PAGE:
Team work wins award


A partnership between Birmingham City University and Birmingham City Council has resulted in a prestigious award.

The University has been working with the Council's Urban Design department for the past 18 months to share knowledge, experience and best practice.  The partnership links academia to industry and has helped to develop individuals through training and creating job opportunities. 

The partnership has been given a Chamberlain award for Equality and Community Cohesion; the awards celebrate and recognise the excellent contribution staff within the City Council make to the lives of all those who live, work and take their leisure in Birmingham. 

Tony Kelley, Industrial Liaison at Birmingham City University, received the award on behalf of the team.  He said: I believe it is a unique and singular honour for an outside organisation to be included in Birmingham City Council's prestigious internal awards. The action by Urban Design to include the school of Property Construction and Planning as part of their team is an acknowledgement of the quality of work done by our staff as well as the strength of our partnership which commenced last year."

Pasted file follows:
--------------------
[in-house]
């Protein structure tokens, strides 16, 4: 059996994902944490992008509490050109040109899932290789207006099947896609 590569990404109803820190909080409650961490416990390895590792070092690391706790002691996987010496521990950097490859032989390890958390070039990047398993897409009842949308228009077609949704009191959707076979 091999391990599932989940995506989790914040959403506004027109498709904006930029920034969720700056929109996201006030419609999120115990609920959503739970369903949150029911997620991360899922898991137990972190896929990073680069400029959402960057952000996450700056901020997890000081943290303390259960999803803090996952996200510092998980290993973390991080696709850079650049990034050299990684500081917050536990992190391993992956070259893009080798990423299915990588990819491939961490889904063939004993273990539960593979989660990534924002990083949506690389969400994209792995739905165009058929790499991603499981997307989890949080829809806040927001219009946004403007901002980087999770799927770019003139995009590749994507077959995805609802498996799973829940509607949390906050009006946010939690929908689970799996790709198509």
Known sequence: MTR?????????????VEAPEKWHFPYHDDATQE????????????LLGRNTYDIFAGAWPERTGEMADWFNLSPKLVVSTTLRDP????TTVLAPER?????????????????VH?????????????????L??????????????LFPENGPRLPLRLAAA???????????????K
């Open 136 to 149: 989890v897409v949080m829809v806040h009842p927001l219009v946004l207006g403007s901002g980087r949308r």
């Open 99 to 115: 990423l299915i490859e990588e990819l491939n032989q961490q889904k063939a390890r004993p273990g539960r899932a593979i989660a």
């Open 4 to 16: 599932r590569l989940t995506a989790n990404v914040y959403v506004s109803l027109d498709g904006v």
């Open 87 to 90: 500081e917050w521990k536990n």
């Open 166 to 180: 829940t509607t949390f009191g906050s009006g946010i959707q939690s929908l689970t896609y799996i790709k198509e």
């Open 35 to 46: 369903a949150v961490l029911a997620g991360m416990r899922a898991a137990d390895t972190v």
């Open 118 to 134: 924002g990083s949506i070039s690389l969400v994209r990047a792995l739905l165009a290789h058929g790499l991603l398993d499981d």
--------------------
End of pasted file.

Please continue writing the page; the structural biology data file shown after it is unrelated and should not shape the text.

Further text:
"The Urban Design Collaborative Partnership is an excellent example of the way in which the School of Property, Construction and Planning at Birmingham City University works in partnership with industry.  We are delighted that this synergy and has been recognised for an award from the City Council."

Ian Davis, Divisional Manager (South) at Urban Design added: "We are very excited at the developments in this partnership and have seen a really positive impact.  This is great news for the City."

The collaborative partnership between the two organisations has led to renewed interest in construction and has given university students a unique training experience.  The team created ten trainee opportunities for which over 400 job applications were received. The team has done ‘what it says on the tin' to change the future life chances for a large number of young people not represented in the industry.

Added by on November 24, 2009

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